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Multimode Quantum Interference of Photons in Multiport Integrated Devices


Multimode Quantum Interference of Photons in Multiport Integrated Devices

Alberto Peruzzo et al. Nat Commun.


Photonics is a leading approach in realizing future quantum technologies and recently, optical waveguide circuits on silicon chips have demonstrated high levels of miniaturization and performance. Multimode interference (MMI) devices promise a straightforward implementation of compact and robust multiport circuits. Here, we show quantum interference in a 2 × 2 MMI coupler with visibility of V=95.6 ± 0.9%. We further demonstrate the operation of a 4 × 4 port MMI device with photon pairs, which exhibits complex quantum interference behaviour. We have developed a new technique to fully characterize such multiport devices, which removes the need for phase-sensitive measurements and may find applications for a wide range of photonic devices. Our results show that MMI devices can operate in the quantum regime with high fidelity and promise substantial simplification and concatenation of photonic quantum circuits.


Figure 1
Figure 1. MMI devices.
(a) Schematic representation of a 4×4 MMI integrated chip. (b) Simulation of classical light propagation in the device shown schematically in a. Light is launched into input waveguide 2, and MMI in the central region results in equal intensity in each of the four output waveguides, via self imaging. Analogous behaviour is observed for injection of light in each of the other input waveguides.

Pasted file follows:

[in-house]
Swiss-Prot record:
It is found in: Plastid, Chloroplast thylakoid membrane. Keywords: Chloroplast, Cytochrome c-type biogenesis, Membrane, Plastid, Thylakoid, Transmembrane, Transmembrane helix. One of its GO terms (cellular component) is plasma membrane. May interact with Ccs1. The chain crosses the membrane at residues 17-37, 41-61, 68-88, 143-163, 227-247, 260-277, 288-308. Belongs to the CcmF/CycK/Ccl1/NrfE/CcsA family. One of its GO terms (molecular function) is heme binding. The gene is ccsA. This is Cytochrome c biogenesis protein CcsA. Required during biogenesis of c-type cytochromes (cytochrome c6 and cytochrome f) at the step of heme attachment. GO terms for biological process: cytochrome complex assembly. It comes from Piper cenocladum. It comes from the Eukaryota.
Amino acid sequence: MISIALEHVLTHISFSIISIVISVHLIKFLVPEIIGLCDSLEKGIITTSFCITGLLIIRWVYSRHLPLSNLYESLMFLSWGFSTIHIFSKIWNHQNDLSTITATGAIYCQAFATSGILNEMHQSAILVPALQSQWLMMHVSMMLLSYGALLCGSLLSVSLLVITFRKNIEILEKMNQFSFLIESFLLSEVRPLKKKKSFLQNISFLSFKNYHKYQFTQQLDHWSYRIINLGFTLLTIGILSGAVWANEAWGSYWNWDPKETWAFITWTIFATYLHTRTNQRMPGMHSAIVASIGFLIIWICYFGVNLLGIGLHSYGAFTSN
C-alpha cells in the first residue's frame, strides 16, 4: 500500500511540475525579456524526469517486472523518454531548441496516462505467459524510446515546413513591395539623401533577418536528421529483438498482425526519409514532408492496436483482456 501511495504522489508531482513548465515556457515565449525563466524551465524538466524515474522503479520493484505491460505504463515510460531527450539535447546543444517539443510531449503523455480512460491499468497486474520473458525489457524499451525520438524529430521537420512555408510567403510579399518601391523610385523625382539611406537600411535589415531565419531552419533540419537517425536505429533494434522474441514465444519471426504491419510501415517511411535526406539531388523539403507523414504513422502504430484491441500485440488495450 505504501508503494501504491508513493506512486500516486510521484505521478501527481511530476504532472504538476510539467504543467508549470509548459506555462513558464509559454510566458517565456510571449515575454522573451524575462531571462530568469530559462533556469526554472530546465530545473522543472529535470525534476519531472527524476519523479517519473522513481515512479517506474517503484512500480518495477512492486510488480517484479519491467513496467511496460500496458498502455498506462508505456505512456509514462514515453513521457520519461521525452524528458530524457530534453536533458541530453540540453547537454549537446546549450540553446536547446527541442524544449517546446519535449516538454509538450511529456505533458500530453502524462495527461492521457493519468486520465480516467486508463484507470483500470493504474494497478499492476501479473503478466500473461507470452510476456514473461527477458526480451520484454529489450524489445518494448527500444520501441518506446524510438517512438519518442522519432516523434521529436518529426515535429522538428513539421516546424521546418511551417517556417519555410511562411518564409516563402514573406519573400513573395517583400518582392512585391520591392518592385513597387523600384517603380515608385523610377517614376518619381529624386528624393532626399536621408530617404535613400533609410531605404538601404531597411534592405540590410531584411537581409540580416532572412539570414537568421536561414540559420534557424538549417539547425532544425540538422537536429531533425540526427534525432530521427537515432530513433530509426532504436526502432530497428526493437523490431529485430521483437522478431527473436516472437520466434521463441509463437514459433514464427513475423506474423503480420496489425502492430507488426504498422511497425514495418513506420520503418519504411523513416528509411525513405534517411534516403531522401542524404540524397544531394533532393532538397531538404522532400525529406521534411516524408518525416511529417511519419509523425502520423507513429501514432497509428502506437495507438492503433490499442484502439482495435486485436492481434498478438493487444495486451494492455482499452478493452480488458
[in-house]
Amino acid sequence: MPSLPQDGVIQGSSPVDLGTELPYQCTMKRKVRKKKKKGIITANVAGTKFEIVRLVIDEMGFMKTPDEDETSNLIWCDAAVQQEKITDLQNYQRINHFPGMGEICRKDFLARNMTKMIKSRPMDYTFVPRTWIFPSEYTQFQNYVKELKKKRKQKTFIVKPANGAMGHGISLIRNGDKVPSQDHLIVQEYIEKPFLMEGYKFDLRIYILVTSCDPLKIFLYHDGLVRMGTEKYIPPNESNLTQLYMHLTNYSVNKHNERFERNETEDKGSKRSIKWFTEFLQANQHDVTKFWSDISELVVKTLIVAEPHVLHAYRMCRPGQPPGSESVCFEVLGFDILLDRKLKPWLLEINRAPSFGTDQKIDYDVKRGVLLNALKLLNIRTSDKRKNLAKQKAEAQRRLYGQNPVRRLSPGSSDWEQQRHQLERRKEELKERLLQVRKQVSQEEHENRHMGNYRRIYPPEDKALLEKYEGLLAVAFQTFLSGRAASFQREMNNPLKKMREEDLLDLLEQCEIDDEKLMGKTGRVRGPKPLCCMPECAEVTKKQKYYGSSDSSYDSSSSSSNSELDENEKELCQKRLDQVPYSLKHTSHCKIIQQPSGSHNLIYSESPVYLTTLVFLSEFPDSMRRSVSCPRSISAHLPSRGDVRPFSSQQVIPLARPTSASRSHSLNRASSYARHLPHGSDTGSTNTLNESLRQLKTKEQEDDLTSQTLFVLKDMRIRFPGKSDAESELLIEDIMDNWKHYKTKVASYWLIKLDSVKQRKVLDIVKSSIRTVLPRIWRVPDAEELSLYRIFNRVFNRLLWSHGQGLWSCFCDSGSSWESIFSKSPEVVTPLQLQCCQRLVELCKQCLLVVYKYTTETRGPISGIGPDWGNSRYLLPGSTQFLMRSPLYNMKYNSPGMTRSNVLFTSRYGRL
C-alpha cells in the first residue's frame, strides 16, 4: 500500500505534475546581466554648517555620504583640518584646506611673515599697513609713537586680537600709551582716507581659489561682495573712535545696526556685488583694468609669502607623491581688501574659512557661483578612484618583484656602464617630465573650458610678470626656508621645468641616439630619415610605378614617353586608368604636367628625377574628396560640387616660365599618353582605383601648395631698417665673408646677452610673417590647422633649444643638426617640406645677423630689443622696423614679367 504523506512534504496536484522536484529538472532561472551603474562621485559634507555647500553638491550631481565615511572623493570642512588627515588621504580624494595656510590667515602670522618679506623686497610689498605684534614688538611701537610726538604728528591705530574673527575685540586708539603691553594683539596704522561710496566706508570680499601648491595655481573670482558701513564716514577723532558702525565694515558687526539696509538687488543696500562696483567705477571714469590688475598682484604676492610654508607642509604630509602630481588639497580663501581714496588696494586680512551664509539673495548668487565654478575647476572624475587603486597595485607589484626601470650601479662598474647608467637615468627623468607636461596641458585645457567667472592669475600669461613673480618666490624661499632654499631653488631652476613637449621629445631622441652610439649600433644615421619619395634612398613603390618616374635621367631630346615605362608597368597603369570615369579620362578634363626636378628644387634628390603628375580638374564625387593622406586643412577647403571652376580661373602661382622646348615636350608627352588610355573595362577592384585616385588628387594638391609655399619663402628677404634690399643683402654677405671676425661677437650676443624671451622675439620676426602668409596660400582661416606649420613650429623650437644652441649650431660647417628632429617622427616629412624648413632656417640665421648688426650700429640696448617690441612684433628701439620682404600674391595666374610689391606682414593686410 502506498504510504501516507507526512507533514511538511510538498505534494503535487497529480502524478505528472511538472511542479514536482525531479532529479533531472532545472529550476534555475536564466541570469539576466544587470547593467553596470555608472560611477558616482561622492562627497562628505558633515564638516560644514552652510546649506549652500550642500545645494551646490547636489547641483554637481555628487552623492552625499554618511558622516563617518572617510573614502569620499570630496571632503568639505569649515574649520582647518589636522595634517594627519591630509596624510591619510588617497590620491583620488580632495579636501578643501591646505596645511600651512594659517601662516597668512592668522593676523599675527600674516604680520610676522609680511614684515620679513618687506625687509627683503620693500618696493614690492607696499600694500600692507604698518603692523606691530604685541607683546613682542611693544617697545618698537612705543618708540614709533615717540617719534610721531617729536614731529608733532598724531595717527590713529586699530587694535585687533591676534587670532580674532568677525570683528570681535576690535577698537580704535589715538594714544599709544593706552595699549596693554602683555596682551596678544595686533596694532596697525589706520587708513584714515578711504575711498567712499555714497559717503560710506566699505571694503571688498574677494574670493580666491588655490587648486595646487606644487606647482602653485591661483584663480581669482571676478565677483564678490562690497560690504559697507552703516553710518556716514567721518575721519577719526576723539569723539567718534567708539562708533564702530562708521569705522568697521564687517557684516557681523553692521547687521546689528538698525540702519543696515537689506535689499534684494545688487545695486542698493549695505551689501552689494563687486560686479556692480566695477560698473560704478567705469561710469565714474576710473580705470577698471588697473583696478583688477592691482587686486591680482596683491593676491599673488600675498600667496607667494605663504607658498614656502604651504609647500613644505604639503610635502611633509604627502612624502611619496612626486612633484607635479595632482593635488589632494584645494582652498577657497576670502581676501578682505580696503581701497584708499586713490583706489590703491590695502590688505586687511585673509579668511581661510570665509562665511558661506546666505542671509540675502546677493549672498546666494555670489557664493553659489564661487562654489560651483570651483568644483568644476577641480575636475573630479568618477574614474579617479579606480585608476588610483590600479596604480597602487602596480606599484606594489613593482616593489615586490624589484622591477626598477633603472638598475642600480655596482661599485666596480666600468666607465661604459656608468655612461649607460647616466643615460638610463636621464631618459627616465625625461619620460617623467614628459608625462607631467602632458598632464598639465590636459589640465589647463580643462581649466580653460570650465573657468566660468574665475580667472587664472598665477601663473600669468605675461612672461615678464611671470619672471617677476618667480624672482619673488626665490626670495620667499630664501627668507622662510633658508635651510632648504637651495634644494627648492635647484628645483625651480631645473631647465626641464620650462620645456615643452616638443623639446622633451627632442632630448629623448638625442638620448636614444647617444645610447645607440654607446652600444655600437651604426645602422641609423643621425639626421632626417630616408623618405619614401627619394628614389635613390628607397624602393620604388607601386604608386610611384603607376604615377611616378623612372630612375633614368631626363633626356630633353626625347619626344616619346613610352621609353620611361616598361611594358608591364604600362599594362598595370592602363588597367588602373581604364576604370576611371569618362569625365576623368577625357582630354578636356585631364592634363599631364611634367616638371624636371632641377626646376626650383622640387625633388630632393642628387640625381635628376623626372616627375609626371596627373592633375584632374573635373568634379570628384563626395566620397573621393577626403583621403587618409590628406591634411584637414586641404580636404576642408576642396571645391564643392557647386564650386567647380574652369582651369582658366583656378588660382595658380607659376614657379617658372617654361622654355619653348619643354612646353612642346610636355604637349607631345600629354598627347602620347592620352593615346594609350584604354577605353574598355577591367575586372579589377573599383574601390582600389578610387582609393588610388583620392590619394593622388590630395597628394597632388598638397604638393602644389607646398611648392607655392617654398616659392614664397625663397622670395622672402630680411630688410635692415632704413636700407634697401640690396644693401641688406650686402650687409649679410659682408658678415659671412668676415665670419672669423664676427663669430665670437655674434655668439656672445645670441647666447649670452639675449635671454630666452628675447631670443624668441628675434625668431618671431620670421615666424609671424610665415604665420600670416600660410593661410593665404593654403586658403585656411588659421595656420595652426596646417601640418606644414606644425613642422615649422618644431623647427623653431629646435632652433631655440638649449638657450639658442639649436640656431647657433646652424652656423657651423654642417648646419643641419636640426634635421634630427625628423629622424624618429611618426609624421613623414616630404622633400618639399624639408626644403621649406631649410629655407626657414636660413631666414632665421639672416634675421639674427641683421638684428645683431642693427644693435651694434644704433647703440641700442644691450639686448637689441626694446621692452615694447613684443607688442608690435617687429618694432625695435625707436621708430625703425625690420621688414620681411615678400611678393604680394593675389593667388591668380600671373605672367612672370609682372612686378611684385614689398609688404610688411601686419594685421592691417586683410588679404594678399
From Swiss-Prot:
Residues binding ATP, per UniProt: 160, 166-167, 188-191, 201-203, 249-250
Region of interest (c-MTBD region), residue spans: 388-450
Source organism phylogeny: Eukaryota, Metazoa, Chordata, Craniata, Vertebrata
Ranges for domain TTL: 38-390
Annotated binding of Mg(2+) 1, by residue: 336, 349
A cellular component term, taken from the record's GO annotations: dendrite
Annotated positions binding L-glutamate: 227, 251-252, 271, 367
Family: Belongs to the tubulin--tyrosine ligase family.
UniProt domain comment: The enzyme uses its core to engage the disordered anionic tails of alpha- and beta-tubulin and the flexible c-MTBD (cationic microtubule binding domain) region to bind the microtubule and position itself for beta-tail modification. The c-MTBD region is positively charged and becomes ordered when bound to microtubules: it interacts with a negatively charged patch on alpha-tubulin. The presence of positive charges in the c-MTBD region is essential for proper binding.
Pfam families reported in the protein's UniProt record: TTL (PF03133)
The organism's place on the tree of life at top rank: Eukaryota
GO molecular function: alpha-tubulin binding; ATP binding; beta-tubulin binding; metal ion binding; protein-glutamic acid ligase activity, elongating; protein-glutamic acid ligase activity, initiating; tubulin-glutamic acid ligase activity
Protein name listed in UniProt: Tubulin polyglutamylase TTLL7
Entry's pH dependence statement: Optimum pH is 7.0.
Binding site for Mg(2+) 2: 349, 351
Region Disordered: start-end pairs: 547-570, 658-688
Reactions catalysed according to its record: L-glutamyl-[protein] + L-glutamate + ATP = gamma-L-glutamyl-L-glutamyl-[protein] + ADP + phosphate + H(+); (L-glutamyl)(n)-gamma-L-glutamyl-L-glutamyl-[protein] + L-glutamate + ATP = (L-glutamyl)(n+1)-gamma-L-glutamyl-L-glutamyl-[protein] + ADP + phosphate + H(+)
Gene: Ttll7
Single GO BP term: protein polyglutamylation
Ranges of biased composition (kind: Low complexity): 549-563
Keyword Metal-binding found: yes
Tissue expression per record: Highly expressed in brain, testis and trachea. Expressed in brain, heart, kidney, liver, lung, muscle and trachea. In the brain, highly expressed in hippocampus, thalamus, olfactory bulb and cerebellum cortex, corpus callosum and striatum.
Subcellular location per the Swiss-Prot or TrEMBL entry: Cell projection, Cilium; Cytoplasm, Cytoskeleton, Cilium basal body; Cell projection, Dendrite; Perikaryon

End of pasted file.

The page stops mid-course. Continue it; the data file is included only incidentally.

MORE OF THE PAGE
Figure 2
Figure 2. Experimental setup for two photon quantum interference measurements in MMI devices.
The parametric down-conversion source includes two Filter A (2nm FWHM in the 2×2 MMI measurements, 0.5nm FWHM in the 4x4 MMI measurements) to ensure single photons are indistinguishable. To increase the coherence length of the photons in the 2×2 MMI measurement, Filter B (0.5nm FWHM) was inserted the setup. CW, continuous wave; BiBO, bismuth borate; PM, polarization-maintaining; SM, single mode; APDs, silicon single-photon avalanche photodiodes.
Figure 3
Figure 3. Quantum interference in a 2×2 MMI coupler.
(a) The measured HOM dip for 2 nm filters, corresponding to a dip FWHM of 239 μm. (b) The measured HOM dip for the same device and source, but with an additional 0.5 nm filter inserted into one output, resulting in a dip FWHM of 296 μm. Error bars are given by Poissonian statistics. The blue data show the measured rate of accidental counts. The visibilities for the 2×2 MMI, reported in the main text, are corrected for these accidentals.
Figure 4
Figure 4. Quantum interference in a 4×4 MMI coupler.
Coincidence counts of two photons at the output ports of a 4×4 MMI device as the arrival time of the photons is varied. The different graphs represent the six possible input states in the splitter: (a) |11〉12, (b) |11〉13, (c) |11〉14, (d) |11〉23, (e) |11〉24, (f) |11〉34. The FWHM of ∼800 μm is as expected for the 0.5 nm interference filters used. The visibilities for the 4×4 MMI, reported in the main text, are not corrected for accidentals.
Figure 5
Figure 5. Quantum interference matrix of a 4×4 MMI coupler.
Measured (a) and reconstructed (b) visibility matrices Vijkl of the non-classical interference between two photons injected in input waveguides i and j and detected in output waveguides k and l of a 4×4 MMI splitter. Positive visibilities correspond to a HOM-like dip, negative to peaks. The errors of the measured visibilities vary between 1.3 and 3.6%.

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